Key takeaways from Obama’s 2015 State of the Union Address
In one variation or another, ‘This was the most confident Obama we’ve seen,” seemed to be the go-to summation of President Obama’s “State of the Union” address.
In prior addresses, the President hasn’t been enjoying an economy in an upswing or a nation that seems to be adopting his party’s overarching social values: gay marriage (with 7 of 10 citizens living in a state where it’s legal, said Obama) and majority support for women’s contraceptive rights.
For college students, it can be overwhelming to navigate around the speech’s subjects that don’t directly impact them, let alone take an hour and a half out of their night to watch television.
Here’s some of the key takeaways for college students from President Obama’s 2015 State of the Union address:
Obama proposed free community college for “those that are willing to work for it.”
It was one of the first concrete proposals Obama brought up tonight. He said that his ultimate goal is to make “college to be as “free and universal in America as high school is today,” citing Tennessee and the city of Chicago as examples that, put simply, free college works.
But there are some alarming statistics that weren’t addressed in his speech: a study conducted by the National Center for Education Statistics in 2010 looked at the nation’s public community college enrollment. Of those students (who began enrollment in as early as 2003), around 25 percent earned a degree or certificate after six years of enrollment.
This isn’t just an alarming statistic for those enrolled in college – it isn’t a sustainable pattern to see in higher education. In his address, Obama said that by 2020, two of three jobs will require “some form of higher education.”
Aside from tuition, expenses like food, transportation, books and the general cost of education can deter students from higher education.
TIME reports that the free tuition initiatives of Chicago and Tennessee also included strict monitoring of “student progress, careful alignment of courses to transfer and job requirements… and help for students to make better choices about what to study.”
In his State of the Union, Obama didn’t give too many specifics on his national free tuition initiative – only that the U.S. needs it in order to be nationally competitive in education and innovations.
“Some are young and starting out. Some are older and looking for a better job. Some are veterans and single parents trying to transition back into the job market,” Obama said. “Whoever you are, this plan is your chance to graduate ready for the new economy, without a load of debt.”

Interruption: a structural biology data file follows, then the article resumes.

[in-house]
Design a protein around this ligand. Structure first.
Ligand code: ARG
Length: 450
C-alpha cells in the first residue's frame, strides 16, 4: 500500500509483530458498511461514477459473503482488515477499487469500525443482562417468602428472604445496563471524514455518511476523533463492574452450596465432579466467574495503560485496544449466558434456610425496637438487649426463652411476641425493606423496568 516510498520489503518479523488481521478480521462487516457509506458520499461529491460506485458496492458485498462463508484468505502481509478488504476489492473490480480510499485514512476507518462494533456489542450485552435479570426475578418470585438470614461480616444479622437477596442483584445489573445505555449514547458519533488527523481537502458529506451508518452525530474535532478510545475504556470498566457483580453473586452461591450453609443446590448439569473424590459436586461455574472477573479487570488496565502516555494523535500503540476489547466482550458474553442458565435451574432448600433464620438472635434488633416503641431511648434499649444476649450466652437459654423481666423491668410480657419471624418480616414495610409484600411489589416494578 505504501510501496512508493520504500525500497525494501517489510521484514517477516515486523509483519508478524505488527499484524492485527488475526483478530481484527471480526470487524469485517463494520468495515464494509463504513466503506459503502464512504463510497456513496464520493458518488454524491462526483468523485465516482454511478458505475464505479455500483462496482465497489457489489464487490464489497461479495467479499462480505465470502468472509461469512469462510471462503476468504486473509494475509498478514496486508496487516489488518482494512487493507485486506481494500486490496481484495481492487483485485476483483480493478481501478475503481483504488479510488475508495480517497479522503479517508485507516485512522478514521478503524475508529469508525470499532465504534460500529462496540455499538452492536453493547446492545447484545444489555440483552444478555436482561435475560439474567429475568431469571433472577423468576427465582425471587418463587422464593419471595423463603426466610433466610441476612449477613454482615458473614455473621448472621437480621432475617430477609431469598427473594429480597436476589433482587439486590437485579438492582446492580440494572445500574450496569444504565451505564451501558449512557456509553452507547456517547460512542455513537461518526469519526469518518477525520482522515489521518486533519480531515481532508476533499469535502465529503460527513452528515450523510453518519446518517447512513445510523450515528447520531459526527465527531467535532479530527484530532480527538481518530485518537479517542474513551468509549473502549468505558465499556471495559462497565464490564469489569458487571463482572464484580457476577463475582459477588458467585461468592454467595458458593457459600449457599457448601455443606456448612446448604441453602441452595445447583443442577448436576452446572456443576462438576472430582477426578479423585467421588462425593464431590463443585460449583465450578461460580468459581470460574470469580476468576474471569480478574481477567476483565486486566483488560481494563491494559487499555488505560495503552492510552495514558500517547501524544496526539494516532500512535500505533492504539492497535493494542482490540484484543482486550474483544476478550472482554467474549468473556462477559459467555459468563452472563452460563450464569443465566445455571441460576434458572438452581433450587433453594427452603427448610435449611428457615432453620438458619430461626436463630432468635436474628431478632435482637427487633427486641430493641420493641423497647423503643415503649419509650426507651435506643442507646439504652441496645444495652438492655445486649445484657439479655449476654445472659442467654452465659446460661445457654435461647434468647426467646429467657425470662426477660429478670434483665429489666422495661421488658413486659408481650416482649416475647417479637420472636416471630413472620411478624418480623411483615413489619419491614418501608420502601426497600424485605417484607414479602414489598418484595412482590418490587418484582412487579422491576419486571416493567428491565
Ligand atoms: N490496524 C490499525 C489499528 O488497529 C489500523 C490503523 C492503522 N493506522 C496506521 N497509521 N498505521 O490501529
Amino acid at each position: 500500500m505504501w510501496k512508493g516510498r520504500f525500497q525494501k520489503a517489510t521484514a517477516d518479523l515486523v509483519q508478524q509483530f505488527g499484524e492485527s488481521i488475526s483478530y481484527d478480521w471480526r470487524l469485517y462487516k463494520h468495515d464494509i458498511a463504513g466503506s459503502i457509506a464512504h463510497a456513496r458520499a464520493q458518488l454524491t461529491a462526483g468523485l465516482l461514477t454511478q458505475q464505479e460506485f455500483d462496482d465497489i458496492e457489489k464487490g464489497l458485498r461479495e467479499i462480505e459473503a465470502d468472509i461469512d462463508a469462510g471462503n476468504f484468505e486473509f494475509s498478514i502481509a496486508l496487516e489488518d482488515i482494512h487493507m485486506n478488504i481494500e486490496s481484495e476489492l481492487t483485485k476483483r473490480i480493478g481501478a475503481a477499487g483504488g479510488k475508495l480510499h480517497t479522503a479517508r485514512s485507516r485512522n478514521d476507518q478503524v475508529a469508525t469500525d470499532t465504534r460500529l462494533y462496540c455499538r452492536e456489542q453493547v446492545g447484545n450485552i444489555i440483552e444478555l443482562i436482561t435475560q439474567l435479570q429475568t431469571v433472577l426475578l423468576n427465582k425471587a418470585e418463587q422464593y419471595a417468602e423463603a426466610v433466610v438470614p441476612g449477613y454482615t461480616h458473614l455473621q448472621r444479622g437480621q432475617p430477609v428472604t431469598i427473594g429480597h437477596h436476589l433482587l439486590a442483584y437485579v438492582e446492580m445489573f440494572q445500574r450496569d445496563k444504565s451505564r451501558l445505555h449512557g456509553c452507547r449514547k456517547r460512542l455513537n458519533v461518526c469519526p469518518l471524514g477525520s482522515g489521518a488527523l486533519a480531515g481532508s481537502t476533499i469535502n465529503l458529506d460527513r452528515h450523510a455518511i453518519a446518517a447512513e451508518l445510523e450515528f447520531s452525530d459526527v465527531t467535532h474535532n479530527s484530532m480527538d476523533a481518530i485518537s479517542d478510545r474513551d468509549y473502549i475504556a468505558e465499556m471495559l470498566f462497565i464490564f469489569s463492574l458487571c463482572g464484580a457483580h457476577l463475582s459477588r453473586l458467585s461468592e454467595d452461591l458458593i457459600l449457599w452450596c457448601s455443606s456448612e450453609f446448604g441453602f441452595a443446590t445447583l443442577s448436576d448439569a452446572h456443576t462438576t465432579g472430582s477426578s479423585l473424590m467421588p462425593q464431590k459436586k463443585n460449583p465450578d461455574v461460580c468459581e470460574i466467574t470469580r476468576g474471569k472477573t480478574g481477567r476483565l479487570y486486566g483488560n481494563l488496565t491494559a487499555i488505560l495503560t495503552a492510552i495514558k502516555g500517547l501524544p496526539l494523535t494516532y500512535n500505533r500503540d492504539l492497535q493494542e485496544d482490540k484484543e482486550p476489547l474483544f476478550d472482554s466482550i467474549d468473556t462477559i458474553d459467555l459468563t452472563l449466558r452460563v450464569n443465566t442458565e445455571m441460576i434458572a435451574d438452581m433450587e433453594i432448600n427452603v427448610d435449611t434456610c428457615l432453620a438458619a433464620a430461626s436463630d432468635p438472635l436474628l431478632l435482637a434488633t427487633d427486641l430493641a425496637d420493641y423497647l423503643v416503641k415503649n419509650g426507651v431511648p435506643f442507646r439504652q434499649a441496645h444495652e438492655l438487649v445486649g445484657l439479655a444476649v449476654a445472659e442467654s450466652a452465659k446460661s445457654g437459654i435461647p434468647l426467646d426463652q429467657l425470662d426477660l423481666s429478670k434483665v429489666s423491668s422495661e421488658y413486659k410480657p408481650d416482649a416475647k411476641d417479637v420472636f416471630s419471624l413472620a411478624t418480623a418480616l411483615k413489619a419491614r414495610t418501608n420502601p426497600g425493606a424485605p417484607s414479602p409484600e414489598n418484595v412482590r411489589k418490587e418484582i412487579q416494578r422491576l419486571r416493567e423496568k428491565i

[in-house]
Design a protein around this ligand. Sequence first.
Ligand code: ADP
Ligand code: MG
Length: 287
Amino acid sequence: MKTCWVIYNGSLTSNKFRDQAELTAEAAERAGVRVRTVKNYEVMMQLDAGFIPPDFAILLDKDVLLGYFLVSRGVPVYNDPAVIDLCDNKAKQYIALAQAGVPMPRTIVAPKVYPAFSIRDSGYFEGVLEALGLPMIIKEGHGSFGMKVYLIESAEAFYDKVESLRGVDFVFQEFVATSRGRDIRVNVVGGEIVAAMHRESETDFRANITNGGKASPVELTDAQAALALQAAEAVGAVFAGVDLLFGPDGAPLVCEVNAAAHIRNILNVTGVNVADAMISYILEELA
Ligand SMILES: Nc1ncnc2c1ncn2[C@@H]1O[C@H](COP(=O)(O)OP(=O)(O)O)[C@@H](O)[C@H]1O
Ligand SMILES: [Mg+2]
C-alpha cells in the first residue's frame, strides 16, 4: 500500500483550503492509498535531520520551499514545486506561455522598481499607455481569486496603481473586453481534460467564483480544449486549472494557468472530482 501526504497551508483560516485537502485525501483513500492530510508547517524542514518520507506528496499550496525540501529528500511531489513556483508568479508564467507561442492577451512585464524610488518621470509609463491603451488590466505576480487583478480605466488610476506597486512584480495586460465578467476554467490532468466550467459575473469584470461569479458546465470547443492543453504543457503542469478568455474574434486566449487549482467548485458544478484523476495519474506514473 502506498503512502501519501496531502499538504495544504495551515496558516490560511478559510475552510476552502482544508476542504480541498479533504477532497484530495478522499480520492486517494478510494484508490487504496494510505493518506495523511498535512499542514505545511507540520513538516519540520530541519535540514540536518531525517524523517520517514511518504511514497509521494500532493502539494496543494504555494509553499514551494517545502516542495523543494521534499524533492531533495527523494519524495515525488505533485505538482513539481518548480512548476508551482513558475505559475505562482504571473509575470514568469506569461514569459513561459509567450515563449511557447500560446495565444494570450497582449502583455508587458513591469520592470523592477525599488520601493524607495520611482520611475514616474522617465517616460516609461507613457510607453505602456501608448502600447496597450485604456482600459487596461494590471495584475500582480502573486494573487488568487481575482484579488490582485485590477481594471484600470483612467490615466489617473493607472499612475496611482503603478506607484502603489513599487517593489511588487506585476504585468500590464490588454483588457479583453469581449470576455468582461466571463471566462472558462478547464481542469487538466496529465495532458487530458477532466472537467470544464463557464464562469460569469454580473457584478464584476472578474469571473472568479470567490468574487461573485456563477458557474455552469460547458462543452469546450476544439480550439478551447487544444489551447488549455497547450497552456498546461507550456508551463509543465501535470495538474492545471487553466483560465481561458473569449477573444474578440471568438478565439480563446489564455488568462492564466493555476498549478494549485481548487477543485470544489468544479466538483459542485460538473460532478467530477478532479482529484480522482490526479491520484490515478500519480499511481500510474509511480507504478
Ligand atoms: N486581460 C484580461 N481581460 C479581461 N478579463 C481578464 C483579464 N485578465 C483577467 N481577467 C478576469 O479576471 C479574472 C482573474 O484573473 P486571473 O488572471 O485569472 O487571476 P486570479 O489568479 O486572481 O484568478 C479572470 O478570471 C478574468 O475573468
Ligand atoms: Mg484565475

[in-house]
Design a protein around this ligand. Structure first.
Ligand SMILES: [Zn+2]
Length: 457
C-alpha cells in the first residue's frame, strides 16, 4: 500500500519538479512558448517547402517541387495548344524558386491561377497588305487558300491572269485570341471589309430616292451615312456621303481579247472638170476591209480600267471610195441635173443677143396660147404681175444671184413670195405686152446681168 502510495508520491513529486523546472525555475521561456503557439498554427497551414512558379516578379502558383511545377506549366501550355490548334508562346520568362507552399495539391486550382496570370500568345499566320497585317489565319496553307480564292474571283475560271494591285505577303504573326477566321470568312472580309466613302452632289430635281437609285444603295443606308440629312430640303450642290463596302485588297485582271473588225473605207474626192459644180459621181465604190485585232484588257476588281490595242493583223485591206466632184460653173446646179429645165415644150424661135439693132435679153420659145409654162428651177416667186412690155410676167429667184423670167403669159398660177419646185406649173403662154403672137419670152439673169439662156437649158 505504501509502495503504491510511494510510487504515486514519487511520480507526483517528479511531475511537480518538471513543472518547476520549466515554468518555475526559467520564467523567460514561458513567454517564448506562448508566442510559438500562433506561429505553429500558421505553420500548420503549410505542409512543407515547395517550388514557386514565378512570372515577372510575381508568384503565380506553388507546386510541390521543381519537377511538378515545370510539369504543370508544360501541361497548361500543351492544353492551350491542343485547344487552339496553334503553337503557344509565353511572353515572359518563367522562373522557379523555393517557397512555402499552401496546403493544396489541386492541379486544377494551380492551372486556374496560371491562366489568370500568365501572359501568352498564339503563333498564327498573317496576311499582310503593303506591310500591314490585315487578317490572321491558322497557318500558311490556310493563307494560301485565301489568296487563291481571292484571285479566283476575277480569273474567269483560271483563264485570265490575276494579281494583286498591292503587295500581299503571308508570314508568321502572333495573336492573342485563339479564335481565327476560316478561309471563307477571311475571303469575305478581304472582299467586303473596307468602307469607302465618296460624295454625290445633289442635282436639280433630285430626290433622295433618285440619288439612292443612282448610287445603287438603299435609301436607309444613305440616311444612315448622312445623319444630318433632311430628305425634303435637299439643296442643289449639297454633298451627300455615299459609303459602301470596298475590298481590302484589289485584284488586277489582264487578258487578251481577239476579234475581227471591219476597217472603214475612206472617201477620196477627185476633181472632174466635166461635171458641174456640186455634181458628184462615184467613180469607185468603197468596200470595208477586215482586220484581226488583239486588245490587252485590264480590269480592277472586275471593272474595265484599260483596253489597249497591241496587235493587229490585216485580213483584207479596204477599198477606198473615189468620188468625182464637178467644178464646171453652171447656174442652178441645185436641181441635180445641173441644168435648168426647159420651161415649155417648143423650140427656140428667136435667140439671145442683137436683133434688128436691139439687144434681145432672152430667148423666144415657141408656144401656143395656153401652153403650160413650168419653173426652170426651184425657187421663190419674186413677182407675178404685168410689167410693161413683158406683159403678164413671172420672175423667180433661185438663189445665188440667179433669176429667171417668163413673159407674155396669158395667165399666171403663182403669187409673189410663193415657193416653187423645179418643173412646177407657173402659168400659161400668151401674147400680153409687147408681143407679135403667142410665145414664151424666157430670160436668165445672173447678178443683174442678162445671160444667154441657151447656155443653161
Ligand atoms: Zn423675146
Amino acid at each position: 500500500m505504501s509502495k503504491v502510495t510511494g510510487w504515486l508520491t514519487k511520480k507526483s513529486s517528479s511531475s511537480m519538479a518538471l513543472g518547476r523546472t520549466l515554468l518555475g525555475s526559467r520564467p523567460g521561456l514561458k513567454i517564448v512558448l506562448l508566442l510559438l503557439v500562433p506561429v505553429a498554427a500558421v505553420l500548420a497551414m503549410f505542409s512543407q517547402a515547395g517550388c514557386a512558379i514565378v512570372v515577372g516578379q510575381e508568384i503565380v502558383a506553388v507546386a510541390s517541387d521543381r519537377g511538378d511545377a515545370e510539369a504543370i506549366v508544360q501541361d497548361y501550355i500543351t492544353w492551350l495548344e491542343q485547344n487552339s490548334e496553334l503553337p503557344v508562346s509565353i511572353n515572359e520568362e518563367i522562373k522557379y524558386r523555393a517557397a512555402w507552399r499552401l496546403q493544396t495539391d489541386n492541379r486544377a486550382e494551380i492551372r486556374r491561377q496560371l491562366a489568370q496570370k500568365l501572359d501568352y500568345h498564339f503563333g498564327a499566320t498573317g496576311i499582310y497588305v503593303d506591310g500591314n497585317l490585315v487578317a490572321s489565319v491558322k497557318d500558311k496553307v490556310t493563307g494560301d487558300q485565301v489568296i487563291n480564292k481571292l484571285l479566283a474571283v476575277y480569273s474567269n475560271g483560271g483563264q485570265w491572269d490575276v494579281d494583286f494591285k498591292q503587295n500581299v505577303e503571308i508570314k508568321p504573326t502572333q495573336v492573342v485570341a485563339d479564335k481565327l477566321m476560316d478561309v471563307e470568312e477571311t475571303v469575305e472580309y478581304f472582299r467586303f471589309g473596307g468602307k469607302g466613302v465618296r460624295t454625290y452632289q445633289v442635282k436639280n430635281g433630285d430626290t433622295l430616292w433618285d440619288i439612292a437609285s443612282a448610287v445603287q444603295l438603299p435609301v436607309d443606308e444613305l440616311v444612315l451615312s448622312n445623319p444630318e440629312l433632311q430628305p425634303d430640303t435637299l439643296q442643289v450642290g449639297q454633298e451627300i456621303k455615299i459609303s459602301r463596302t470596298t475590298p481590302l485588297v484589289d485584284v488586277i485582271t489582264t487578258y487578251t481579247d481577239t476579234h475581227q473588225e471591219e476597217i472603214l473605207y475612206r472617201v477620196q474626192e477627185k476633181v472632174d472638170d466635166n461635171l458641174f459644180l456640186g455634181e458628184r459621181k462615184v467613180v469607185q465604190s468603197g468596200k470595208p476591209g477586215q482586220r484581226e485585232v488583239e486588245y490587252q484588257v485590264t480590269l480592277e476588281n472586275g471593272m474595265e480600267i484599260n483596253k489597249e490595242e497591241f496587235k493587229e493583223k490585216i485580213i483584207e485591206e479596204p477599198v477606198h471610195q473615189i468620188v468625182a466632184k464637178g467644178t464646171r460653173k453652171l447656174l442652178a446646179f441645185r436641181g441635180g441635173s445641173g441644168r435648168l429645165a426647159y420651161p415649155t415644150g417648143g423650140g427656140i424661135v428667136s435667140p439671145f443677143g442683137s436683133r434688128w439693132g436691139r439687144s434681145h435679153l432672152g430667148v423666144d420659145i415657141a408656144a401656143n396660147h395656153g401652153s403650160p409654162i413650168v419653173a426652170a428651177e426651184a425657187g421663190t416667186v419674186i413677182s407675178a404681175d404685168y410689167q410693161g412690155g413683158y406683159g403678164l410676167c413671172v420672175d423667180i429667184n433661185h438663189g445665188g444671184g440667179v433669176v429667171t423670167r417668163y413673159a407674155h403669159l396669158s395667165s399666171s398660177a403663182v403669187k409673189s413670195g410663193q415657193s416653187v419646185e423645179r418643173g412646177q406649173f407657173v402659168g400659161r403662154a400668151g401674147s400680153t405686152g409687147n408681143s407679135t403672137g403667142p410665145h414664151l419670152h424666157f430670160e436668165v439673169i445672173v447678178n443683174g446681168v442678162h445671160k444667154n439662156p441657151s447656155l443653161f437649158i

The President wants to see some major improvements in childcare and paid sick leave.
Obama said the United States is the only “advanced country” that doesn’t offer paid maternity leave and that 43 million Americans aren’t offered paid sick leave.
Currently, Texas doesn’t extend maternity leave beyond what’s federally mandated in the Pregnancy Discrimination Act of 1978 and the Family Medical Leave Act (FMLA), the latter of which protects an employees up to 12 weeks of unpaid leave per year for “serious medical conditions.” However, the employer must meet some qualifications in order to offer these benefits to its employees, and the employee must complete 1,250 hours of work with the employer to qualify.
“Today, we’re the only advanced country on Earth that doesn’t guarantee paid sick leave or paid maternity leave to our workers that forces too many parents to make the gut-wrenching choice between a paycheck and a sick kid at home, Obama said. “Let’s do the right thing.”
Obama wants to improve the United State’s port system.
The President didn’t get into specifics, but he said his “bipartisan infrastructure plan” would create “30 times as many jobs” annually nationwide and focus on building and improving infrastructure, including our nation’s ports.
There was no mention of a federal oil and gas tax, and Obama’s only mention of foreign trade was that the U.S. is steadily increasing its independence from foreign oil.
As native Houstonians and residents of the country’s second-largest port in terms of tonnage, this might perk some ears around the Bayou City. Currently, the gas tax sits at 18.4 percent, and some are pushing for an increase in this tax to pay for infrastructure projects like the ones proposed tonight.
“21st century businesses need 21st century infrastructure — modern ports, stronger bridges, faster trains and the fastest Internet,” Obama said. “Democrats and Republicans used to agree on this. So let’s set our sights higher than a single oil pipeline.”